David Aaronovitch on Conspiracy Theories
This Coast to Coast AM write-up, below these comments, of an interview with David Aaronovitch on conspiracy theories is really very interesting. And it certainly touches on some issues that have bothered me.
Being a person who subscribes to many “conspiracy theories,” when I look at Aaronovitch’s points, in the interests of truth, I have to agree with some of them.
Not all, but some.
Not like I think he’ll get many of us to listen while we’re in the heat of battle against, say, HAARP or pandemic vaccines, but some of what he says is still a useful corrective.
Don’t forget that what he calls “the elite” have conspiracy theories as well as whistleblowers. George Bush’s theory that 9/11 was caused by 19 Muslim hijackers is a conspiracy theory and, in my eyes, has been proven to be a cover-up.
Here are some points I do agree with. As Aaronovitch says, some conspiracy theories do not allow for accident, incompetence or coincidence. I think that’s true. But I also think that’s potentially true about any theory.
Another point: theorists often exaggerate the credentials of their proponents. Everyone – on all sides – often seems to do that. I think it’s a routine thing, I’m tempted to say, in many cases, almost irresistible.
I can think of a personal example. Twice online I’ve been called enlightened. But I’m actually and truly not enlightened. Perhaps this is the right place to say this: That word means something and cannot be applied to me in truth. If you do, you’re doing just what Aaronovitch says – you’re exaggerating my credentials.
Oh, how difficult it is to get those words out. How embarrassing to say that. And I think it illustrates why much exaggeration is left alone. To correct the information runs one the risk of placing oneself in a bad light – for instance, looking contrary, like a miserable grumbler or a loose cannon.
How easy it would be, on the contrary, to just let a flattering misrepresentation be.
Aaronovitch also points to a too-ready acceptance of anti-elitist theories. We may accept them too readily because people feel frustrated at their impotence and want to strike out at elites. I’ve seen this operate a few times and have felt a mite queezy about it as a move which appeals to people’s potentially darker sides. (At its worst, it’s demagoguery.)
It also may be, as he says, that we sometimes throw the baby out with the bathwater. For instance, some vaccines may be needed and do rid us of conditions like measles. But vaccines as a whole become suspect as a result of our activism. So Aaronovitch shows that the picture is not all cut and dried.
Whether or not anyone listens to him doesn’t detract from the fact that some of what he says has merit.
After 2012, we won’t have to battle dark forces and we’ll be more open to discussing the shortcomings of our approach as conspiracy theorists. Right now, he may find that he is talking to people who are busy with life-and-death issues and may not want to listen.
Behind Conspiracy Theories
Coast to Coast AM
On Sunday night’s program, George Knapp welcomed author David Aaronovitch for an examination of the origins of conspiracy theories, why people believe them, and also to make an argument for a true skepticism based on a thorough knowledge of history and a strong dose of common sense.
Based on his research, Aaronovitch defined a conspiracy theory as “an explanation for something which is far more complicated and removes responsibility from the obvious people to the not obvious people, in situations where the more obvious explanation is more likely.”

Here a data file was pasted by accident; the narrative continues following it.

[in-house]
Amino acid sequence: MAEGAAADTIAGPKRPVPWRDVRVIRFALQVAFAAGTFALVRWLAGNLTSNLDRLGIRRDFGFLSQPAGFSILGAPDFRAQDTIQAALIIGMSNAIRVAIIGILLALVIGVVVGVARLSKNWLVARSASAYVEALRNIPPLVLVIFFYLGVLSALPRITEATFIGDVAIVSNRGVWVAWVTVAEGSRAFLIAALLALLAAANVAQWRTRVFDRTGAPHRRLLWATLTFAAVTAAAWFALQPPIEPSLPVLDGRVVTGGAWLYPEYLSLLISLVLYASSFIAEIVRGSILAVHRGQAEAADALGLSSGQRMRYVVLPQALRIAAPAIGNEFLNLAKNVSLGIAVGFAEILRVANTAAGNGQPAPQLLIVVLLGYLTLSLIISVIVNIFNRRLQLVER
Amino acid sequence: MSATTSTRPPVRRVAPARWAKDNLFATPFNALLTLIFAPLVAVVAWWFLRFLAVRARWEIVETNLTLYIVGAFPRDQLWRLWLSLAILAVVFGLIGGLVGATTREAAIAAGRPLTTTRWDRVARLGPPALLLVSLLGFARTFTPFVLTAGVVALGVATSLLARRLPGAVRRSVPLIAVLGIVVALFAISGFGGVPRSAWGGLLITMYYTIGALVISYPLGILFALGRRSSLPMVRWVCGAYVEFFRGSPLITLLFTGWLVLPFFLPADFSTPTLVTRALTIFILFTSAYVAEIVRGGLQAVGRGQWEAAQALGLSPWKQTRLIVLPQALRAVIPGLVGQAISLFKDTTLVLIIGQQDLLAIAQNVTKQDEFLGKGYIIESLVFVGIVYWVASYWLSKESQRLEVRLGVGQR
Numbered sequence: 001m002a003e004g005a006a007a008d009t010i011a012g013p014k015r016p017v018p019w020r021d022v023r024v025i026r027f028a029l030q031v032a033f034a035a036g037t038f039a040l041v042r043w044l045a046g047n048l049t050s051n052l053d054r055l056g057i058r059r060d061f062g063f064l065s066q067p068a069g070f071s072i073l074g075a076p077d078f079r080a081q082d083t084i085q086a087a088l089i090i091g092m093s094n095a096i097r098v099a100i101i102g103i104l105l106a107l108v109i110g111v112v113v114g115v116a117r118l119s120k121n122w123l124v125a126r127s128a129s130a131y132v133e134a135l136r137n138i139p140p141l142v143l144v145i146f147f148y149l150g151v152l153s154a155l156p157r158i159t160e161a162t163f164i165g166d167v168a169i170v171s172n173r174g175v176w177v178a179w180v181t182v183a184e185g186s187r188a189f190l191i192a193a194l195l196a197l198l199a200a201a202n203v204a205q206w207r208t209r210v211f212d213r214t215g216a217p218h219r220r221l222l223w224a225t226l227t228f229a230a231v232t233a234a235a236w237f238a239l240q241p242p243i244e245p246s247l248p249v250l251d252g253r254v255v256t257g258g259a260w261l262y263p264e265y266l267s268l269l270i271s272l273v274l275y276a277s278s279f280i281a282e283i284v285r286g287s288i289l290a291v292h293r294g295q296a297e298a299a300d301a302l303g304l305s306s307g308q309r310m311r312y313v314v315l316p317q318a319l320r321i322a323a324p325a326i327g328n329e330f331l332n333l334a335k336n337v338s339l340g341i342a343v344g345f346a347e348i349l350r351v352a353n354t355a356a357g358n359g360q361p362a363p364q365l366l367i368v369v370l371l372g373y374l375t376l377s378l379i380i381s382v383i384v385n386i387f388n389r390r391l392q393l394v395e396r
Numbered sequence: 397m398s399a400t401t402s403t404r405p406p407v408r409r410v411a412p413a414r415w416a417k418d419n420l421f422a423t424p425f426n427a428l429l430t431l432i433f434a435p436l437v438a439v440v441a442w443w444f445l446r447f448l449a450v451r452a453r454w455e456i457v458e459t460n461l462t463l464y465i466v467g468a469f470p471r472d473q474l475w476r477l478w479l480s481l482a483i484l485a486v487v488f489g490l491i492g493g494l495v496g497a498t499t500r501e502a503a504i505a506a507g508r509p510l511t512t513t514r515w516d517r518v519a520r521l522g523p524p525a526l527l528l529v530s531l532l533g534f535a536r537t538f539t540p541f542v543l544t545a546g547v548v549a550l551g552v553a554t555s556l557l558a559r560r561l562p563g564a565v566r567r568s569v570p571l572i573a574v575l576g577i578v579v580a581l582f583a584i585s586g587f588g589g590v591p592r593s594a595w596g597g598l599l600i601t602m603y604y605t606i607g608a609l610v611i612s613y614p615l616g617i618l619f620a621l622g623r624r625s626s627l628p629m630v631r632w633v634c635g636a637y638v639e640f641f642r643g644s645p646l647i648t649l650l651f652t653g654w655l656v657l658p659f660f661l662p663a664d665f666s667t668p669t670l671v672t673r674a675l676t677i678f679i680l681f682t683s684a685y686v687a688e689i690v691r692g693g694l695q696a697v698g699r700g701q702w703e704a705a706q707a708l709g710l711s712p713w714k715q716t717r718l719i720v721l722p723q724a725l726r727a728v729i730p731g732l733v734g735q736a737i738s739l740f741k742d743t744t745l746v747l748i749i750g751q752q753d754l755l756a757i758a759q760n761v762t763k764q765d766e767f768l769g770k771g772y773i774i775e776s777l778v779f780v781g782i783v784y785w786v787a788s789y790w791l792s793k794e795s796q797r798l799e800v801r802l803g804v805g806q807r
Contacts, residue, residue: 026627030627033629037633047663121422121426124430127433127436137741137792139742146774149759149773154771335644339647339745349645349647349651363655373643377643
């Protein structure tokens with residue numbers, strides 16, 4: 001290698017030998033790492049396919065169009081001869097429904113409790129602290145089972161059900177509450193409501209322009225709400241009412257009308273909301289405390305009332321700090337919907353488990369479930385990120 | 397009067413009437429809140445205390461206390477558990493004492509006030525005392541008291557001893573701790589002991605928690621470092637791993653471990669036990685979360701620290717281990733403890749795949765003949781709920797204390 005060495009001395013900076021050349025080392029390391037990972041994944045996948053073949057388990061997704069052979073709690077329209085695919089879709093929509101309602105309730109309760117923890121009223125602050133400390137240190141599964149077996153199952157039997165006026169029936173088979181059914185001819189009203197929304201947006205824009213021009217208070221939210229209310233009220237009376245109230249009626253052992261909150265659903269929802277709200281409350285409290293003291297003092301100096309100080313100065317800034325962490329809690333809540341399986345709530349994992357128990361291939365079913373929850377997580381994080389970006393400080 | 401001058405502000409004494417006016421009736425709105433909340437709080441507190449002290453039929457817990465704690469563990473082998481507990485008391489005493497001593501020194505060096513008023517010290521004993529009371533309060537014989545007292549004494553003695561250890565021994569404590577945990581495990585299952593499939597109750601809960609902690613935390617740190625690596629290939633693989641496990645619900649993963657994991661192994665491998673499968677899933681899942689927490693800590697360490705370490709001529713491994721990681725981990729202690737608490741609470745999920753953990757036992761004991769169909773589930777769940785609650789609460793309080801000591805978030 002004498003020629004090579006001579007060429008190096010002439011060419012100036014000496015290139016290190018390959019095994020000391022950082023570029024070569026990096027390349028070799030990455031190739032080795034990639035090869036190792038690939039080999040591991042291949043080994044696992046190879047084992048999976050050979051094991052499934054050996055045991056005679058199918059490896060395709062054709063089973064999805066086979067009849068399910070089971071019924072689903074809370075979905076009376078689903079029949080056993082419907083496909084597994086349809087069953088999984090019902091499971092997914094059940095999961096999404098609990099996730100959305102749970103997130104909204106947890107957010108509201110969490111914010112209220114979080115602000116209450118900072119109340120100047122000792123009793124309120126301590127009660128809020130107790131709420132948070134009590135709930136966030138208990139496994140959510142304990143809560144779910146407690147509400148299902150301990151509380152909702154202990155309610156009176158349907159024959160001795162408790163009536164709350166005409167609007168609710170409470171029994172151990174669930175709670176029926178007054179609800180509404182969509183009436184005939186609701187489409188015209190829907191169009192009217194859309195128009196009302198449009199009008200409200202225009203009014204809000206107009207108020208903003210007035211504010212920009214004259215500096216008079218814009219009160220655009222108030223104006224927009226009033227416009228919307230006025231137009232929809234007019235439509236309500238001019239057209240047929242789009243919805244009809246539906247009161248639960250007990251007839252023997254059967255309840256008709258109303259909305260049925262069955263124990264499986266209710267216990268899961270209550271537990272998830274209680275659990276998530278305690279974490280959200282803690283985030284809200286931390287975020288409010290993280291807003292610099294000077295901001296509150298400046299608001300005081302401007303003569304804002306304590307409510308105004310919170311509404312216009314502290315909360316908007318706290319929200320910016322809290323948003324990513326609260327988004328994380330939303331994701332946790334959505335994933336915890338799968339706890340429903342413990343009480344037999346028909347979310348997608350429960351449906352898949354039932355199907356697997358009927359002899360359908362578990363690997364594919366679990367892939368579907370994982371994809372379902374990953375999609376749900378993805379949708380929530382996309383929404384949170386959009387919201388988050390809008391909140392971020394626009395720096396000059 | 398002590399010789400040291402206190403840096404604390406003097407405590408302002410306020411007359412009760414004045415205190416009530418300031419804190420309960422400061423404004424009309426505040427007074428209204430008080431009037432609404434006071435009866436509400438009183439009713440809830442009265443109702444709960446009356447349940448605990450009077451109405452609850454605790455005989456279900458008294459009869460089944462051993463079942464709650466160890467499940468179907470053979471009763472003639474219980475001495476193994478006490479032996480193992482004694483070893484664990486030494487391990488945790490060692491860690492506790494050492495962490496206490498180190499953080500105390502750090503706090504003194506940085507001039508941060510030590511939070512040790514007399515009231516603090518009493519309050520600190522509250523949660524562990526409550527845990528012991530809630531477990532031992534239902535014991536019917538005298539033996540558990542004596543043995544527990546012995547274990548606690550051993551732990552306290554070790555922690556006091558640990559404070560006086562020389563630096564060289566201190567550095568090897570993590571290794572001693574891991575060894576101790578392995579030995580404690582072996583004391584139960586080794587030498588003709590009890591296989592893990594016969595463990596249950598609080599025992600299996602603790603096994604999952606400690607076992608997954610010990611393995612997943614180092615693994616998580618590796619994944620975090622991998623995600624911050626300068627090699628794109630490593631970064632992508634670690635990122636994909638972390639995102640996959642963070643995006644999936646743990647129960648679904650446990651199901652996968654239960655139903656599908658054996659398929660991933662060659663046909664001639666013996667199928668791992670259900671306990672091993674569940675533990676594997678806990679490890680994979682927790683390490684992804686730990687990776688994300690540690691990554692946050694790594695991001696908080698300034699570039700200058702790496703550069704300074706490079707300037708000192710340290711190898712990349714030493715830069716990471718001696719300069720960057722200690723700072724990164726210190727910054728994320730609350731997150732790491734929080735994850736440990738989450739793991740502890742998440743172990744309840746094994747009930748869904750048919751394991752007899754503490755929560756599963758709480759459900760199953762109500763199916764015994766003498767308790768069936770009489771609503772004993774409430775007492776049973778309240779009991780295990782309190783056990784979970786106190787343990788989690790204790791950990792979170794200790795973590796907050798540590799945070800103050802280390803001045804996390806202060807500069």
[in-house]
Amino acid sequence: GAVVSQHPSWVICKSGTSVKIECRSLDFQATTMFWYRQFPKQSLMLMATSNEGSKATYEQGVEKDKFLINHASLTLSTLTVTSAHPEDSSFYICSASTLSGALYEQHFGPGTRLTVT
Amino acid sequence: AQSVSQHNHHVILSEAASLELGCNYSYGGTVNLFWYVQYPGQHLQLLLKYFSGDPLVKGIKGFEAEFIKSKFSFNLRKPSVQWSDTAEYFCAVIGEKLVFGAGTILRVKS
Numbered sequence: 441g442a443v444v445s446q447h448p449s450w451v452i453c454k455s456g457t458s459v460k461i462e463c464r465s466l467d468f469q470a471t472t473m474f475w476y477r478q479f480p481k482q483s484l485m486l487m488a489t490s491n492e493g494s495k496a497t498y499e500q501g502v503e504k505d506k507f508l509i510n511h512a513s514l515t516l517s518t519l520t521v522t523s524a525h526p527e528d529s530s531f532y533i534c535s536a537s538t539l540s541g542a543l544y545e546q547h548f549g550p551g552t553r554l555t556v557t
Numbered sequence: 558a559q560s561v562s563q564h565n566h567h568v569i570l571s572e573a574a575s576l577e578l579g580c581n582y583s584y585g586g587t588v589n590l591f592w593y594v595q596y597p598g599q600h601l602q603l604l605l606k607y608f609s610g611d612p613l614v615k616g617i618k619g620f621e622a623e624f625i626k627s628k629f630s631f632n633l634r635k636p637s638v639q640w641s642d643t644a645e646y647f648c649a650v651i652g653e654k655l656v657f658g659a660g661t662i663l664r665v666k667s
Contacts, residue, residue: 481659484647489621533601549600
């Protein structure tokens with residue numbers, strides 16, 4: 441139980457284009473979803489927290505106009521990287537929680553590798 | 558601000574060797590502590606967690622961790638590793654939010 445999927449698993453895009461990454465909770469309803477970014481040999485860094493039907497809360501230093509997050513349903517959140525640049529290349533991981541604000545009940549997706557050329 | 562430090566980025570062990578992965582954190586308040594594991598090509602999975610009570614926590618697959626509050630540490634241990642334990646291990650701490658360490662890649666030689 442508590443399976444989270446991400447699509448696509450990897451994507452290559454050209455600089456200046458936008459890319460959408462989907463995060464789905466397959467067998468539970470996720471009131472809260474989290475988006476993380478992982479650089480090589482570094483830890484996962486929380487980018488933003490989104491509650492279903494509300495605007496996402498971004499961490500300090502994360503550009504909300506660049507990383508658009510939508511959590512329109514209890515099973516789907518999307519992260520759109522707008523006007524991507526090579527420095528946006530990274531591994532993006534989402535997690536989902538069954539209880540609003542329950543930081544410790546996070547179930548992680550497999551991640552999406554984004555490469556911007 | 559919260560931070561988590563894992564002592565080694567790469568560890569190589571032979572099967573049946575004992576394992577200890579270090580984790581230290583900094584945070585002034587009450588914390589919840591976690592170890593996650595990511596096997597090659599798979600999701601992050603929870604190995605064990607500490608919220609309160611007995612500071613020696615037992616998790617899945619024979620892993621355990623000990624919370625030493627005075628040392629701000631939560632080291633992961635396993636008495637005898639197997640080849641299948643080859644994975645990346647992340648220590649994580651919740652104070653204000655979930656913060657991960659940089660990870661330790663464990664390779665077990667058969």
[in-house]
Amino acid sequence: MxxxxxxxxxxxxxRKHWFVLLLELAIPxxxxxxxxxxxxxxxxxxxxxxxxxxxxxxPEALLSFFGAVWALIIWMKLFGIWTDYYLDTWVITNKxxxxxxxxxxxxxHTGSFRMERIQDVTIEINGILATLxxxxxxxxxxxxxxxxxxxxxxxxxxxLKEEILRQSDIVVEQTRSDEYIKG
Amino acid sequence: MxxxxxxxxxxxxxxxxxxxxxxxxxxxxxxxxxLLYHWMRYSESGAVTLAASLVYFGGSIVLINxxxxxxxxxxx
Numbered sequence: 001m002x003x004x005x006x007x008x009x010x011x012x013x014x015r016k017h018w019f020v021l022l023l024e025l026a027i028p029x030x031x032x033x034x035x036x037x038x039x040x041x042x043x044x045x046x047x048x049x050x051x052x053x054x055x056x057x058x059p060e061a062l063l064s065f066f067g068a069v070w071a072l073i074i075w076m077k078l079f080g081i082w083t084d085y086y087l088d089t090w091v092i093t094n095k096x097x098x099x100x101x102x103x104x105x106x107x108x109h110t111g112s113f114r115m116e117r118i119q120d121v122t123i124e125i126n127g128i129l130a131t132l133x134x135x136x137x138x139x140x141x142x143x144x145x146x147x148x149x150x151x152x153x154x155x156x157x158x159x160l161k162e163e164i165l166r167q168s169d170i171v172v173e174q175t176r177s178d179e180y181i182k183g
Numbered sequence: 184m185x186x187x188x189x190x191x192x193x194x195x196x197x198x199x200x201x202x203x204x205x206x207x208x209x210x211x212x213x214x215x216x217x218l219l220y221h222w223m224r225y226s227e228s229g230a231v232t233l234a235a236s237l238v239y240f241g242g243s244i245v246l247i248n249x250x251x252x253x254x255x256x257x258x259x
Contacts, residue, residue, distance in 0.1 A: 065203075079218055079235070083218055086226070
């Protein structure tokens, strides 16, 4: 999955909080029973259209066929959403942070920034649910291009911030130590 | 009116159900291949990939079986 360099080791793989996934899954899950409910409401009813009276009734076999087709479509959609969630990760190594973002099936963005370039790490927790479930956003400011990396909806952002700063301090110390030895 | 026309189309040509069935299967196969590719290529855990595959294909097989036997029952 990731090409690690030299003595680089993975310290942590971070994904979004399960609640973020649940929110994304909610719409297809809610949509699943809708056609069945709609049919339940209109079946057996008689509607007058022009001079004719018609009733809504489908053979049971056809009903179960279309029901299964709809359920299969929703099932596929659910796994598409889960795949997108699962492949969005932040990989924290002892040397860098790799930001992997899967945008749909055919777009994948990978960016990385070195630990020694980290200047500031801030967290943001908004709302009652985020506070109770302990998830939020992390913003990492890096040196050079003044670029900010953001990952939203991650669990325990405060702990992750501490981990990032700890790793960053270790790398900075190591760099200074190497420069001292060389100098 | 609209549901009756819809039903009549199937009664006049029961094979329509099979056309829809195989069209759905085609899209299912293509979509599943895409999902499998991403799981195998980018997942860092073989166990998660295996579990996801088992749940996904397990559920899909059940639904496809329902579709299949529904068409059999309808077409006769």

Aaronovitch detailed a number of problematic attributes which he feels “attach themselves” to conspiracy theories and those who subscribe to them:
- Conspiracy theories do not allow for accident, incompetence, or coincidence.
- The official version of events “almost always, at its heart” has anomalies that cannot be reconciled.
Scholars, usually with exaggerated credentials, are named as proponents of the theory.
- The theory is anti-elite and, thus, the theorist becomes “kind of a minuteman” warning the populace about the “powers that be.”
On why there needs to be skepticism about conspiracy theories, Aaronovitch used the example of recent developments in the UK which arose as a result of rumors that vaccines cause autism. He explained that this theory became so pervasive that people began to stop having their children vaccinated. In turn, Aaronovitch lamented, the measles virus re-emerged back into the population after it had been eradicated in previous years.
“This stuff has to be combated because it does have consequences for people,” he declared. On a far larger scale, he noted that the widespread belief in the fraudulent Protocols of the Elders of Zion in Nazi Germany acted as a proverbial “warrant for genocide” for many misguided players in WWII.
Aaronovich also looked at a number of suspect issues surrounding a variety of conspiracy theories. With regards to the Moon Landing hoax, he observed that to complete such a fabrication would require far more manpower than the actual lunar landing itself. In addition to that, he pointed out that lunar conspiracy theorists often focus solely on the Apollo 11 landing and ignore the many other trips made to the moon.
Regarding 9/11, Aaronovich conceded that the official version of events is also a conspiracy theory, but that its very simplicity is what makes this theory much more plausible than a grand overarching plan by nefarious forces inside the US government. To that end, he noted that if the government was truly clever enough to “organize conspiracies,” then they would have planted WMDs in Iraq rather than invade the country and find none. “It would have been a much simpler thing to do,” he mused, “and yet they didn’t.”